"I mean, what's not to love about this little cutie? It's bright blue, it's soft AF, made from bamboo and it successfully carries coffee (win). Granted, it only holds a small coffee but on my route to work, I'm usually on my second cup of the day so I am grateful for the dinky quantity.I must admit, my coffee gained lukewarm status rather quickly, but I am actually very thankful for this as I've never been a big fan of a scalded mouth.
However, on the flip side, it can feel like our time spent travelling has become one big photo shoot driven by social media. Whereas travel was once all about exploration and enjoying the moment, with Instagram it can feel like we are working our way through a photogenic checklist of locations, thinking about nothing but getting the shot. It begs the question: Are you really enjoying the moment if you’re also worrying about taking photos?
Espresso is a drink many of us associate with only the most serious of coffee drinkers. The word "espresso" conjures up images of Italians standing at a bar, sipping the black beverage straight from small, mini mug-like cups. Despite the miniature cup's cutesy size, for some reason, the drink it holds has always been intimidating. But, even if you'd never drink espresso straight, it is a key ingredient in so many of our go-to coffee orders.
Muck Rack makes it simple to find people, tweets, or articles that mention any name, keyword, company, hashtag etc. We've compiled this guide to help you make the most of your search.
Selecting a term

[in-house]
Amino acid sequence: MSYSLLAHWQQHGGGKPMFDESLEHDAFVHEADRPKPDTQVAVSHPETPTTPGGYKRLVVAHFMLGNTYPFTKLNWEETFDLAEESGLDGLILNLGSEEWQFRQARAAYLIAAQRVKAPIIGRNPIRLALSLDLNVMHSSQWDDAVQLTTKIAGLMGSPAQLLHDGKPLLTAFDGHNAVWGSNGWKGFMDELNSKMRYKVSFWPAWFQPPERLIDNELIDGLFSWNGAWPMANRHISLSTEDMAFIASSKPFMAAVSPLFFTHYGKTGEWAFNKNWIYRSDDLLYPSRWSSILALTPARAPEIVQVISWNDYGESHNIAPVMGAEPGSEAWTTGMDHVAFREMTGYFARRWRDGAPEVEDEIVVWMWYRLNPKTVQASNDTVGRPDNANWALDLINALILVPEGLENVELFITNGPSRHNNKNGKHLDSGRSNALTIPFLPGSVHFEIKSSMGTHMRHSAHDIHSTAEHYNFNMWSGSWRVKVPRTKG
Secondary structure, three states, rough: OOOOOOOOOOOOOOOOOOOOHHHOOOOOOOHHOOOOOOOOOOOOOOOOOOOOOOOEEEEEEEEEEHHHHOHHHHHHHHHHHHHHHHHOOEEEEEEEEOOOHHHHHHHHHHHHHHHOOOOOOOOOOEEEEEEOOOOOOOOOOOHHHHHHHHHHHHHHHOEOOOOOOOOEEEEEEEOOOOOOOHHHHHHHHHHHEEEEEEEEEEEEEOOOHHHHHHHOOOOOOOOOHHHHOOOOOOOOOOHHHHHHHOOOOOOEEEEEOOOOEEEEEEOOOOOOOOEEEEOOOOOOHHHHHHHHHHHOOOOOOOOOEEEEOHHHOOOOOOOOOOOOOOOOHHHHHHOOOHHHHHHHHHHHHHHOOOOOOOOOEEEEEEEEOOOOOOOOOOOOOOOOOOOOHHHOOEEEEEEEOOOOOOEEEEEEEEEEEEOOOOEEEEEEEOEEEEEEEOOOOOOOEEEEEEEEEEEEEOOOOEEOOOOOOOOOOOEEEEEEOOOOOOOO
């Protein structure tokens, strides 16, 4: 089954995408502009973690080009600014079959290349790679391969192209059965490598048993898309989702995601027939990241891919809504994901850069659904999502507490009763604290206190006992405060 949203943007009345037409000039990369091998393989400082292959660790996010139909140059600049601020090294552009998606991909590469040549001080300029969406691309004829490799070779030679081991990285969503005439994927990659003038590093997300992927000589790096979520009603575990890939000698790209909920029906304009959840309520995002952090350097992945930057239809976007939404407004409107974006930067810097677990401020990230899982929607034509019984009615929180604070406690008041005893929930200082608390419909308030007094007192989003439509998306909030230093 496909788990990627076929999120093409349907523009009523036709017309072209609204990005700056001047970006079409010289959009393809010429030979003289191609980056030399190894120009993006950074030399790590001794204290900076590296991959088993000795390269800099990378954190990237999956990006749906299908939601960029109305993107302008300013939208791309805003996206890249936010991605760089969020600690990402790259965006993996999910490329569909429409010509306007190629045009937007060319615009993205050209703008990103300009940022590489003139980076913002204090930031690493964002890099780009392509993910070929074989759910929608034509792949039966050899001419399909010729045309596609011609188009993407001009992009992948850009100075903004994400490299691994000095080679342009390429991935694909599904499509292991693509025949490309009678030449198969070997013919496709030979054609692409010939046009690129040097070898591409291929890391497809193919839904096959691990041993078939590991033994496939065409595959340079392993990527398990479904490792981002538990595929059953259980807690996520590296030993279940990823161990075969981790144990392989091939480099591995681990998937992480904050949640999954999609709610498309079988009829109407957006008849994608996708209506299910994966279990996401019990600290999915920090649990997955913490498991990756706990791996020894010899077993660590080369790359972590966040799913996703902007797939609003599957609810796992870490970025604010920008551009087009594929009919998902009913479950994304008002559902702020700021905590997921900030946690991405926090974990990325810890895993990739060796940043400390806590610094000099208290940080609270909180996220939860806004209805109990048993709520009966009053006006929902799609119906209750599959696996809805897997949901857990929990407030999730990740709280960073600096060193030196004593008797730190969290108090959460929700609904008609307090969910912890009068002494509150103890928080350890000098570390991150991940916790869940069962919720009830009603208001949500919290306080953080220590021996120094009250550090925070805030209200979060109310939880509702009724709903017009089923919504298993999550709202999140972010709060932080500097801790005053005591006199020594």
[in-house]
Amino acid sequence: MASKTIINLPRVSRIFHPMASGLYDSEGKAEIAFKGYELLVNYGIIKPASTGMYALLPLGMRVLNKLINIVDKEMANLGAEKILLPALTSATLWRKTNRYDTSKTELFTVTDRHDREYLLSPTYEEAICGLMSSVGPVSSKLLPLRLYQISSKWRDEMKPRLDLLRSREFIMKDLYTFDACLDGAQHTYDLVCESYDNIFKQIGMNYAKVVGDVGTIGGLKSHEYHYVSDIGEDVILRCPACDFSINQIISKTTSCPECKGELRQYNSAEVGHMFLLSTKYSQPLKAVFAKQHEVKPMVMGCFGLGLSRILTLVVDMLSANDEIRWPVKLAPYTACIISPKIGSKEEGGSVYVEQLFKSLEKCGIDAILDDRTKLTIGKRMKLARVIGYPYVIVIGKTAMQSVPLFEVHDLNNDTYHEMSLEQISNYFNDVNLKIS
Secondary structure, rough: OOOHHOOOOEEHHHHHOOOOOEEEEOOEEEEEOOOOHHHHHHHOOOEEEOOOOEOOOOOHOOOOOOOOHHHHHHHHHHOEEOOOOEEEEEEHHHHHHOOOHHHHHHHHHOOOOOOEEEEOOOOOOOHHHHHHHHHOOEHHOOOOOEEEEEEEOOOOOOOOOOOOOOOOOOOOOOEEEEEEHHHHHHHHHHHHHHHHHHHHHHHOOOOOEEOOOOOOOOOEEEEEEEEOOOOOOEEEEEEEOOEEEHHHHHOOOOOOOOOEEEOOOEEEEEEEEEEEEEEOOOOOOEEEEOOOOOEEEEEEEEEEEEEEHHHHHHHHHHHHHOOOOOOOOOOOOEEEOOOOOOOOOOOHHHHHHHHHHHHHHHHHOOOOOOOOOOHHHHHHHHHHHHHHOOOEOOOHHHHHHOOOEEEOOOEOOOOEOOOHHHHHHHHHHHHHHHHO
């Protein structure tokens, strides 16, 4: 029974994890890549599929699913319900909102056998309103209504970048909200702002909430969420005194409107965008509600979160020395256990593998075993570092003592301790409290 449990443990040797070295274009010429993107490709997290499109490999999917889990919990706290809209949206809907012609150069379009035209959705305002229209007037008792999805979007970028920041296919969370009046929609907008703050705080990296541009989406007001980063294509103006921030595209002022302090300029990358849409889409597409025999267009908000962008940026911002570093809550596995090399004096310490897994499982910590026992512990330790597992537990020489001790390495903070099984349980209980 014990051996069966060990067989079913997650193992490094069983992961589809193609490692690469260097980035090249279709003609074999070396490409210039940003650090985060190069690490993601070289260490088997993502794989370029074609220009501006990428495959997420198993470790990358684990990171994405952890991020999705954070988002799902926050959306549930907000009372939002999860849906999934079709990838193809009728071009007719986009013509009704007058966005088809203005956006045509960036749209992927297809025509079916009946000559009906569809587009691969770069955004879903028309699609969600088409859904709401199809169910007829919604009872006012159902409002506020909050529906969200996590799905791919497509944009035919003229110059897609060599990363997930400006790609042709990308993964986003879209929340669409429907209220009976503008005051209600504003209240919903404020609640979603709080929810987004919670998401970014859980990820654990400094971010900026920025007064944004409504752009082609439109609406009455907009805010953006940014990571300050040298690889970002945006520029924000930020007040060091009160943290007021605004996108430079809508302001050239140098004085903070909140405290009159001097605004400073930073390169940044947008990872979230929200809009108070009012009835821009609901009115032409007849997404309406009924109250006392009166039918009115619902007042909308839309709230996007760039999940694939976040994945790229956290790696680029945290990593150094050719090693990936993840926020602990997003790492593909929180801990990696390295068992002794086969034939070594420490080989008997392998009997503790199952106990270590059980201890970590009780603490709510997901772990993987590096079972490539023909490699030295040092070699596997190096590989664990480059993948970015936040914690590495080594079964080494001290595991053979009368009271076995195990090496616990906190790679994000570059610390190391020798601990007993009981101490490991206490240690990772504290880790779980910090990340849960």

Start searching tweets, articles from media outlets, articles mentioned in tweets, journalists'
names, titles and bios with some suggested searches:
Companies or Topics (e.g. iPhone, Microsoft)
Phrases (e.g. "cloud computing") — use quotes to keep the terms together
Twitter handles (e.g. @username) — returns those who have mentioned or replied to
Names (e.g. "David Pogue")
Hashtags (e.g. #sxsw, #london2012)
Bio details (e.g. vegan, Olympics, father)
Muck Rack's Advanced Search allows for many boolean operators.
Find results that mention multiple specified terms, use AND or
+. For example, ensure each result contains both Elon Musk and Mark Zuckerberg by
searching Musk AND Zuckerberg or Musk + Zuckerberg.
Use the operators OR or , to broaden your search when you'd like either of
multiple terms to appear in results. (This is the default behavior of our search when no operators
are used). For example, results will contain either cake or cookie by searching cake OR cookie or cake,cookie
Use NOT or - to subtract results from your search. For
example, searching Disney will yield results about the Walt Disney Company as well as Walt Disney
World Resort. To exclude mentions of Disney World, search for Disney -World or Disney
When using one of these operators with a phrase, enclose it in quotation marks. For example, you can
find results about smartphones excluding Apple's iPhone 4S by searching smartphone -"iPhone
Exact case matching or punctuation
If you're searching for a brand name or keyword that relies on specific punctuation marks or capitalization, you can
find results that match your exact query by adding matchcase: before the keyword you're searching for, like matchcase:E*TRADE .
Use parentheses to separate multiple
boolean phrases. For example, to find journalists talking about having fun in Disney World or
Disneyland, search for ("disney world" OR disneyland) AND fun.
An asterisk can be used to search for any variation of a root word truncated by the asterisk. For example, searching for admin* will return results for administrator, administration, administer, administered, etc.
A near operator is an AND operator where you can control the distance between the words. You can vary the distance the near operation uses by adding a forward slash and number (between 0-99) such as strawberries NEAR/10 "whipped cream", which means the strawberries must exist within 10 words of "whipped cream".